The U.S. has no legal obligation to deploy its military to Taiwan if China invades it.
The 1979 Taiwan Relations Act, which governs relations between the U.S. and Taiwan, falls short of requiring a U.S. military response to a Chinese invasion, although it stipulates that the U.S. will continue providing Taiwan with defensive arms. It also permits the U.S. to "resist" actions that jeopardize the security of the people of Taiwan — a policy referred to as "strategic ambiguity."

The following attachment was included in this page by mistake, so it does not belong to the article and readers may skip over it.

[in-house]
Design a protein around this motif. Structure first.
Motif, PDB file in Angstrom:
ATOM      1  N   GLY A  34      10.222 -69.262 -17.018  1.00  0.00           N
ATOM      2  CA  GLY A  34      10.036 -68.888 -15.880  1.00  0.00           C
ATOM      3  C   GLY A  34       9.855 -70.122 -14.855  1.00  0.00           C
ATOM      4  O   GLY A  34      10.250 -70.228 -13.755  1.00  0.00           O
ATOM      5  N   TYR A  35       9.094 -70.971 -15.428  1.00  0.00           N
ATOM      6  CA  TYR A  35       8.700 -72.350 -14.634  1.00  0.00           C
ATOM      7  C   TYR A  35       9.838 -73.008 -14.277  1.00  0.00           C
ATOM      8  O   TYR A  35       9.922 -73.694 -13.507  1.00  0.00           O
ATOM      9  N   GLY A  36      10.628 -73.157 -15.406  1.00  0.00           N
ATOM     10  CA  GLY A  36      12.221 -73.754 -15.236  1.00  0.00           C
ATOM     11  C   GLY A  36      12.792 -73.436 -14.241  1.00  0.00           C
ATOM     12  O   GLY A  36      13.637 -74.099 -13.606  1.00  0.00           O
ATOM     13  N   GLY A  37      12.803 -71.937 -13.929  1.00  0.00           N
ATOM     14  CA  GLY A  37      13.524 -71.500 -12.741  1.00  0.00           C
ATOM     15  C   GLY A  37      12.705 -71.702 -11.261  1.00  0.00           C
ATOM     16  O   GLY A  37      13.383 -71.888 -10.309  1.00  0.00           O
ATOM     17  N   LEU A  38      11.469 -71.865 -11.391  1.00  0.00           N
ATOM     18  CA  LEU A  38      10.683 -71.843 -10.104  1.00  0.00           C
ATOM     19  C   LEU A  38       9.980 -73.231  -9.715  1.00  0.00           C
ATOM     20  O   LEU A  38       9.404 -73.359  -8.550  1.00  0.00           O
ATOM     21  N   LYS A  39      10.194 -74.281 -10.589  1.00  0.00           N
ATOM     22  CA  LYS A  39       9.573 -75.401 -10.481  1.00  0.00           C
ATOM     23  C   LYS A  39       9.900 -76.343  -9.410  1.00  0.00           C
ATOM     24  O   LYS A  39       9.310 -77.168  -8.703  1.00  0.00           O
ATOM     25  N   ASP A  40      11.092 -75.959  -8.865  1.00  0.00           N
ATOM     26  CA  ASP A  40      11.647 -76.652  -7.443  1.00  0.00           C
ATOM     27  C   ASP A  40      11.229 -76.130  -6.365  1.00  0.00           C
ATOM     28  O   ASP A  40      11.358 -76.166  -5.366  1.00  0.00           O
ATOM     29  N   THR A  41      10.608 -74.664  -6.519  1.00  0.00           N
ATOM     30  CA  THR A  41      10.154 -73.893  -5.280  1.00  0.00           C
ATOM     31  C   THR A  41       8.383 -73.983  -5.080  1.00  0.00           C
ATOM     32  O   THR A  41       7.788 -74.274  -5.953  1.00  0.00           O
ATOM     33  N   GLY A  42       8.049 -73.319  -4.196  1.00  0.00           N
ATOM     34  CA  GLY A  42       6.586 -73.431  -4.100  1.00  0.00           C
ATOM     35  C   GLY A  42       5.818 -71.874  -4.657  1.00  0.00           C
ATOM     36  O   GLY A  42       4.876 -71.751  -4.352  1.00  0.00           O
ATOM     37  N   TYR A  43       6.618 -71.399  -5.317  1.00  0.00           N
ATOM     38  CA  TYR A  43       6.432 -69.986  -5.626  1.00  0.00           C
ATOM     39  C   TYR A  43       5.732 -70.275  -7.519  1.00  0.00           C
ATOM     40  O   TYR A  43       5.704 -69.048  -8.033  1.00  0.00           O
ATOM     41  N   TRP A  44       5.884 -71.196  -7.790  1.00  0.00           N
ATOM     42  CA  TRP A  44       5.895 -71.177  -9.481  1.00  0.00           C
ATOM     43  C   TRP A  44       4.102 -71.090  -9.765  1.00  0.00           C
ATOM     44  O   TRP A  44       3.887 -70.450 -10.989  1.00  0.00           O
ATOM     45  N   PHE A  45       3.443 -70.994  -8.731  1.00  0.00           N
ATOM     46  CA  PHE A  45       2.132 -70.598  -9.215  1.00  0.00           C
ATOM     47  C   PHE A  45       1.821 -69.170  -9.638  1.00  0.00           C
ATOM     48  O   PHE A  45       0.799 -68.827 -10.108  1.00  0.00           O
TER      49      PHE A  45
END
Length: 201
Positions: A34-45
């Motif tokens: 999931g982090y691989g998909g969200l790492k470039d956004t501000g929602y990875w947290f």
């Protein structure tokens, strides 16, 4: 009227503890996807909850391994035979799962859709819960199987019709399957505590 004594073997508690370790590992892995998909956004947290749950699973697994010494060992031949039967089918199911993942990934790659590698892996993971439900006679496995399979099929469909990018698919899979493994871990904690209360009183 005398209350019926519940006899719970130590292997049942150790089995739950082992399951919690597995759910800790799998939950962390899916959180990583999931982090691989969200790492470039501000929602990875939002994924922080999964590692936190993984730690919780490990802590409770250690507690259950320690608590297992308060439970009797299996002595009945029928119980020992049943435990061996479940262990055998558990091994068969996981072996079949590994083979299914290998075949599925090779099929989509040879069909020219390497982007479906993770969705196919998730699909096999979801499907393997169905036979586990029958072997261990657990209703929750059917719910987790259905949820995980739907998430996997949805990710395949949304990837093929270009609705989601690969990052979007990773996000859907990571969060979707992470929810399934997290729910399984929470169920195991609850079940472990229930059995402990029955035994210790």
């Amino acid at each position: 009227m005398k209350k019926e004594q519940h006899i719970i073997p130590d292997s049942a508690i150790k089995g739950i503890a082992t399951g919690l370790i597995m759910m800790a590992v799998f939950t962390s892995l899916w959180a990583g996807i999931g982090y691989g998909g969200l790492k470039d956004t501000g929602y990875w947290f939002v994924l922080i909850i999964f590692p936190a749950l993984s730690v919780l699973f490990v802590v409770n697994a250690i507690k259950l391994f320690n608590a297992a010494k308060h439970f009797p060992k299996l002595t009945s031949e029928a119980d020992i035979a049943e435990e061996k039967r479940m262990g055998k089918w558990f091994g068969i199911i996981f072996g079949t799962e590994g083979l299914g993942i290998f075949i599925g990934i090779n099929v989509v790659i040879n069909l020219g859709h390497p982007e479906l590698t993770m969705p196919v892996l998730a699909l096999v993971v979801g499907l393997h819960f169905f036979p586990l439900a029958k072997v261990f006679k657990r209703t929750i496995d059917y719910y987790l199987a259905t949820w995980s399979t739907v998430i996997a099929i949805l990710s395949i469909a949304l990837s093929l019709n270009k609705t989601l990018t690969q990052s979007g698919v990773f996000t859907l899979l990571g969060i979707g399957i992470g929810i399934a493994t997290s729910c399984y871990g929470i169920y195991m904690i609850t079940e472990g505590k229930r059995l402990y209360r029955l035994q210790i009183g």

The Act was signed into law to establish a back-channel relationship with Taiwan after the U.S. cut diplomatic ties with the island the year before at China's behest. Up to then, the U.S. had refused to acknowledge China's communist regime, instead recognizing the Nationalist Chinese government set up in Taiwan following Mao Zedong's 1949 revolution. However, perceiving the economic benefits of gaining access to Chinese markets, as well as the political advantages of exerting diplomatic pressure on the Soviet Union, the U.S. formally recognized communist China on Dec. 15, 1978.